Creative and Credible
Arts, Health and Wellbeing Evaluation Training
Willis Newson is working with partners, including The Royal Society of Public Health, The Wales Arts, Health & Wellbeing Network, Engage Cymru, Surrey Arts Partnership and The University of Winchester to deliver training in how to evaluate arts, health and wellbeing projects.
The training draws on and is supported by resources from www.creativeandcredible.co.uk, an Economic and Social Research Council funded research project with University of the West of England, led by Professor Norma Daykin and Jane Willis, which aims to support best practice in arts, health and wellbeing evaluation.
“The most beneficial training day I’ve ever been to. Looking forward to practicing my new evaluation methods over the next year Uni, and I feel inspired to run my own project.”
Creative and Credible evaluation training explores key principles and methodologies for evaluating arts for health and wellbeing programmes. Using a Theory of Change model, it supports participants to articulate project outcomes and impacts, enabling them to better understand what to evaluate and how to go about it.
“The concept of writing a formal evaluation of a project was new and daunting to me. I now feel that I understand the steps to take before, during and after a project to successfully write on evaluation.”
Participants from a two-day Creative and Credible training programme in Wrexham for The Wales Arts, Health & Wellbeing Network and Engage Cymru in November 2018, said:
The training is delivered by Willis Newson Director Jane Willis, who brings an understanding of the subject from both a practitioner and academic perspective.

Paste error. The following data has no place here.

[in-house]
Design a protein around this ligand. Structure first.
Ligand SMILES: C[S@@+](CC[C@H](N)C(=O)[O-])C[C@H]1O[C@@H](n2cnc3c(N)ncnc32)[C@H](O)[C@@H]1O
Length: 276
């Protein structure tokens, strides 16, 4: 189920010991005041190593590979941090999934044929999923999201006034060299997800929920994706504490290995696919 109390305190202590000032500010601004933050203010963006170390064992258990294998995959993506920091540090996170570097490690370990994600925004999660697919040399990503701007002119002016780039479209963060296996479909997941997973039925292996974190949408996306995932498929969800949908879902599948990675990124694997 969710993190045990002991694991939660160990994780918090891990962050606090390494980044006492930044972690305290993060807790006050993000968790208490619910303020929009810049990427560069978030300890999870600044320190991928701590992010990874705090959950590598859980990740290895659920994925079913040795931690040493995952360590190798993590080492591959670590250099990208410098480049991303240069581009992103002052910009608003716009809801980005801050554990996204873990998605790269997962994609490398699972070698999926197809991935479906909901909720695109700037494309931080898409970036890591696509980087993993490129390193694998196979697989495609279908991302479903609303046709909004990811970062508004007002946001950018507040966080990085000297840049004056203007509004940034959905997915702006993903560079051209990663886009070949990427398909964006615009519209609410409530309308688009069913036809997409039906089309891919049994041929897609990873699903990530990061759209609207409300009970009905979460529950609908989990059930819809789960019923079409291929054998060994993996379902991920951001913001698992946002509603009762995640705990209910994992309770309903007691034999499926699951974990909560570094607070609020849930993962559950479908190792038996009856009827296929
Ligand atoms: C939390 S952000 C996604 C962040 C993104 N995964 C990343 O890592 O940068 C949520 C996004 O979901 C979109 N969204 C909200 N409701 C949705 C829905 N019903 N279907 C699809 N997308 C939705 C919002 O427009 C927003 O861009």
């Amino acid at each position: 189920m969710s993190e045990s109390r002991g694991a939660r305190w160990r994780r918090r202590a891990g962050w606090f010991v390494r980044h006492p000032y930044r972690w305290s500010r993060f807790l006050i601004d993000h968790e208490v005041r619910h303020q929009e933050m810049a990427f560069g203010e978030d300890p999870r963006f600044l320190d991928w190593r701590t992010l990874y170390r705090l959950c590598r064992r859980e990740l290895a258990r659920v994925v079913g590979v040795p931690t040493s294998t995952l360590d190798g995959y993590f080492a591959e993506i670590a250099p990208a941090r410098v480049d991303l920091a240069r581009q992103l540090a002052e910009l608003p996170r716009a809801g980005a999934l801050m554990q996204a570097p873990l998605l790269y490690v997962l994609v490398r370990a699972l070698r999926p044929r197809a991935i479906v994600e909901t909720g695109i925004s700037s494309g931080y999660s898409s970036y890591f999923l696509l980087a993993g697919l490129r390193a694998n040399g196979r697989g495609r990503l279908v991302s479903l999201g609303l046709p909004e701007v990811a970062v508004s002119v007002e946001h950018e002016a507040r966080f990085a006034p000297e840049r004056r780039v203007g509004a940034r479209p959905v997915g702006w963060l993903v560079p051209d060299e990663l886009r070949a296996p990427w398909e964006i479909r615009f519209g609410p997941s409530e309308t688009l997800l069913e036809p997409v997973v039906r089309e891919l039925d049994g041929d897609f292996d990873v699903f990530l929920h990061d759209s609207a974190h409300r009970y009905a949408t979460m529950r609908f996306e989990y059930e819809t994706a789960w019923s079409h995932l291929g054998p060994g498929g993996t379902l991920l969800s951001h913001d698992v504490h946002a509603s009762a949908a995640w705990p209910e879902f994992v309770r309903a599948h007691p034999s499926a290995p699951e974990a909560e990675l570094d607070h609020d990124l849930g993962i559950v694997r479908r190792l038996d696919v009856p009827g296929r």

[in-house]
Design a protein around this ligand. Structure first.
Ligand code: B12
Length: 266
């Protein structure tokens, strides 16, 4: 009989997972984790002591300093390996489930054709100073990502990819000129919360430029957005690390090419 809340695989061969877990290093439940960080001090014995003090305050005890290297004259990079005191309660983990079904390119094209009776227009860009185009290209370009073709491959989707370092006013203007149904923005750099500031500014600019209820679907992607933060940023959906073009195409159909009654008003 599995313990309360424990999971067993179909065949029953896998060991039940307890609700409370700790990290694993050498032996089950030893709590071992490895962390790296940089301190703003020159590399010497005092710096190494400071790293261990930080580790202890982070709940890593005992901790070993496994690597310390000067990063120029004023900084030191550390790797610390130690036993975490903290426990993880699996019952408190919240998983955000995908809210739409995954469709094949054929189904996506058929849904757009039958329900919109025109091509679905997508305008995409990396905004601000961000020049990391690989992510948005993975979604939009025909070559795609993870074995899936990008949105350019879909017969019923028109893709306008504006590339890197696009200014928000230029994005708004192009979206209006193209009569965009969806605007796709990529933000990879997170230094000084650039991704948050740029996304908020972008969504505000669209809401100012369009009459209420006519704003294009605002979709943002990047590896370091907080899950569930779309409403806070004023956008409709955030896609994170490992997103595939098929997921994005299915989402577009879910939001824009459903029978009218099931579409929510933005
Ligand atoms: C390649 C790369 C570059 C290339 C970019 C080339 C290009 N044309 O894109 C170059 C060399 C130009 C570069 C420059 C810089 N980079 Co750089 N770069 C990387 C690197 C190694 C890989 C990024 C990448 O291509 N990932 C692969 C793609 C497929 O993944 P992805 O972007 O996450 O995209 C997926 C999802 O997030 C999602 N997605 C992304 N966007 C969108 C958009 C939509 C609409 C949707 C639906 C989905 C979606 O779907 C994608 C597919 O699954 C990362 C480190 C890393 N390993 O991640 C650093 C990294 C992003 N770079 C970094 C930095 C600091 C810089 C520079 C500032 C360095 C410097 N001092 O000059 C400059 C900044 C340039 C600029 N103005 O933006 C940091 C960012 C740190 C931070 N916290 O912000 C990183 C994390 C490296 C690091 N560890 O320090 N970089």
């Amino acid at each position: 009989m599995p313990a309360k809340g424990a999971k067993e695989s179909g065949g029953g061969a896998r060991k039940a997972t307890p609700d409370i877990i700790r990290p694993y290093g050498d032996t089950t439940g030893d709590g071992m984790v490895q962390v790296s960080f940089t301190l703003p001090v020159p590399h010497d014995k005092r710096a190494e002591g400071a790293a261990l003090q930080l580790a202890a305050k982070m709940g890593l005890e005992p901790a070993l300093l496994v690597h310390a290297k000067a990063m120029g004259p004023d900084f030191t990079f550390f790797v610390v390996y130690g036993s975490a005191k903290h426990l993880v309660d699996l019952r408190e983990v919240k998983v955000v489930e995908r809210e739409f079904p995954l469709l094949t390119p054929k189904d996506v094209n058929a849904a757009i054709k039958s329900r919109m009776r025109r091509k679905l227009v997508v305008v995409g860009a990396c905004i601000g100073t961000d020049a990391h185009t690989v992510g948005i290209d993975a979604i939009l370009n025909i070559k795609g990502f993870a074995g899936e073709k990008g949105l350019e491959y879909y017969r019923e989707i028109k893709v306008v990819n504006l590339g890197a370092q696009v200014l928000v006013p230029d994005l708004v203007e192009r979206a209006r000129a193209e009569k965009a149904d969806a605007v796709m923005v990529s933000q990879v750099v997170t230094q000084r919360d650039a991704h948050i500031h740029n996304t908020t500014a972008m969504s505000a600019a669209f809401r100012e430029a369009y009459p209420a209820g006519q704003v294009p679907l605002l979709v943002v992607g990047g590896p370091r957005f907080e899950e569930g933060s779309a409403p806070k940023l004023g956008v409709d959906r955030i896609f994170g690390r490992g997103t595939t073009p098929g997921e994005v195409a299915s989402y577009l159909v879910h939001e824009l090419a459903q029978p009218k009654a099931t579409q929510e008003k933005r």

“I thought Jane built the session very well, she gave us stepping stones to guide us to the end, almost like building blocks to inform the next session.”
A strategic thinker and creative producer, Jane set up Vital Arts, the arts programme at Barts Health NHS Trust in 1993 and, since then, has worked with more than 32 NHS Trusts to produce inspiring creative programmes that improve health and wellbeing.
She has played an active role in the development of the sector over the past 24 years and her expertise in arts and health evaluation has been developed through a longstanding relationship with the University of the West of England where she worked with Professor Norma Daykin on a series of academic knowledge exchanges exploring how best to evaluate wellbeing outcomes.
The Willis Newson approach to evaluation is rigorous, appropriate to the context and rooted in creative practice.
“It has de-mystified technical jargon.”
“The whole 2 days felt interactive and engaging.”
“Brilliant chance to learn from others and engage in the interesting conversations.”
“It was intensive, but incredibly valuable.”
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If you are interested in commissioning a Creative and Credible Training programme, please contact Jane directly on Jane@willisnewson.co.uk